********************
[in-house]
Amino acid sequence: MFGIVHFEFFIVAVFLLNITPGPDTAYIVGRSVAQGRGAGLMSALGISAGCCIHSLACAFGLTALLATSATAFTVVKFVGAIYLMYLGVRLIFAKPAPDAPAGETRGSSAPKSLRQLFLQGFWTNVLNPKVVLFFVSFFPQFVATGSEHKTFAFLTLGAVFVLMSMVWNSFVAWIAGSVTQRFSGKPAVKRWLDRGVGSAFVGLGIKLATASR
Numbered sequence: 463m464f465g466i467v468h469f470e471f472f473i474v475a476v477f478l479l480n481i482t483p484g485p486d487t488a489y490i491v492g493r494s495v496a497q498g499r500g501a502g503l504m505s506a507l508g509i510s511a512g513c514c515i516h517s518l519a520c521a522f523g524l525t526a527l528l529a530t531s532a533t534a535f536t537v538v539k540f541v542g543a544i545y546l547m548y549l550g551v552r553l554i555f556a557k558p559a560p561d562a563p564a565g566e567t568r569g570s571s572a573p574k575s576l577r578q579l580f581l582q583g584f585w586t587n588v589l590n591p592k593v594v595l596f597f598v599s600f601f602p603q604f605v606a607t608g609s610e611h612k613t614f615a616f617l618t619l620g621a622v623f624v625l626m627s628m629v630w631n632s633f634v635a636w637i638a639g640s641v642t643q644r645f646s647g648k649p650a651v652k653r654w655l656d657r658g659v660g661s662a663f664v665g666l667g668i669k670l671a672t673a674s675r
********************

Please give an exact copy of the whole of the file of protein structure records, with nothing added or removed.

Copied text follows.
[in-house]
Amino acid sequence: MFGIVHFEFFIVAVFLLNITPGPDTAYIVGRSVAQGRGAGLMSALGISAGCCIHSLACAFGLTALLATSATAFTVVKFVGAIYLMYLGVRLIFAKPAPDAPAGETRGSSAPKSLRQLFLQGFWTNVLNPKVVLFFVSFFPQFVATGSEHKTFAFLTLGAVFVLMSMVWNSFVAWIAGSVTQRFSGKPAVKRWLDRGVGSAFVGLGIKLATASR
Numbered sequence: 463m464f465g466i467v468h469f470e471f472f473i474v475a476v477f478l479l480n481i482t483p484g485p486d487t488a489y490i491v492g493r494s495v496a497q498g499r500g501a502g503l504m505s506a507l508g509i510s511a512g513c514c515i516h517s518l519a520c521a522f523g524l525t526a527l528l529a530t531s532a533t534a535f536t537v538v539k540f541v542g543a544i545y546l547m548y549l550g551v552r553l554i555f556a557k558p559a560p561d562a563p564a565g566e567t568r569g570s571s572a573p574k575s576l577r578q579l580f581l582q583g584f585w586t587n588v589l590n591p592k593v594v595l596f597f598v599s600f601f602p603q604f605v606a607t608g609s610e611h612k613t614f615a616f617l618t619l620g621a622v623f624v625l626m627s628m629v630w631n632s633f634v635a636w637i638a639g640s641v642t643q644r645f646s647g648k649p650a651v652k653r654w655l656d657r658g659v660g661s662a663f664v665g666l667g668i669k670l671a672t673a674s675r